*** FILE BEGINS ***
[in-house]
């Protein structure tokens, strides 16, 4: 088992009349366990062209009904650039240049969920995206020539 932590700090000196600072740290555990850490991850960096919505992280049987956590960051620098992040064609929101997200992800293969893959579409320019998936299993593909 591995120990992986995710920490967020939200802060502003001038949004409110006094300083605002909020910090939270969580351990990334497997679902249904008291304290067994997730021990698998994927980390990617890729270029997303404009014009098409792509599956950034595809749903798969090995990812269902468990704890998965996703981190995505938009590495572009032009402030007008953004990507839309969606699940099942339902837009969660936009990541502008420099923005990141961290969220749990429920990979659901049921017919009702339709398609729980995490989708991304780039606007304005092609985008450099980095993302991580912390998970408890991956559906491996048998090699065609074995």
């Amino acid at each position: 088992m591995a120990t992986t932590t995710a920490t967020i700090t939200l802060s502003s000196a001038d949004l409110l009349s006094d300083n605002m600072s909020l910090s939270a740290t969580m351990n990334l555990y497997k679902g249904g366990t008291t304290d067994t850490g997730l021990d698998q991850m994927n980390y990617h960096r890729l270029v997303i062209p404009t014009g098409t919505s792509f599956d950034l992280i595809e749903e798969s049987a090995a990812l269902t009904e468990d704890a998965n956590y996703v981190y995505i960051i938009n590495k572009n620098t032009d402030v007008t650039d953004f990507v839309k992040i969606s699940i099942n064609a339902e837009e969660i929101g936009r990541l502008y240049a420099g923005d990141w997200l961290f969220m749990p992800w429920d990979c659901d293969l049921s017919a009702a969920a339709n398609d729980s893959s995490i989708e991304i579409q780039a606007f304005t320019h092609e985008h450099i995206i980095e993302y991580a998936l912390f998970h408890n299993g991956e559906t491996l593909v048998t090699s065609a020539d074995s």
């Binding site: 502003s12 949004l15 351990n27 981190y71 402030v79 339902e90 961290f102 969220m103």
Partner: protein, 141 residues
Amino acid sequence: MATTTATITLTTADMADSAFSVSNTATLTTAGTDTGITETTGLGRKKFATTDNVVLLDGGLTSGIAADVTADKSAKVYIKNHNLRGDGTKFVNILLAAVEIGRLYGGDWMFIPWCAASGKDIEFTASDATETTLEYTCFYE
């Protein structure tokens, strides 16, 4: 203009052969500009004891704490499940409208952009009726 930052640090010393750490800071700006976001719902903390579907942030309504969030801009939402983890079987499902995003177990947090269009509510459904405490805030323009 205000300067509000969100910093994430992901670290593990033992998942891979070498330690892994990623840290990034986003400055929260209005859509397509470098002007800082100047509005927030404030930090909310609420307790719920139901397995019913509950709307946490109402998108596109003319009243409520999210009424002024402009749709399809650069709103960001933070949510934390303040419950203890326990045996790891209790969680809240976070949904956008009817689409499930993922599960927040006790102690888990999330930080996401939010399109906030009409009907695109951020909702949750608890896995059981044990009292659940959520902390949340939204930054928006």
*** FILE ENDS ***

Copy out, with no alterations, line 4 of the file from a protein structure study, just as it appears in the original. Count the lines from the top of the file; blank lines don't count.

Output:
């Binding site: 502003s12 949004l15 351990n27 981190y71 402030v79 339902e90 961290f102 969220m103």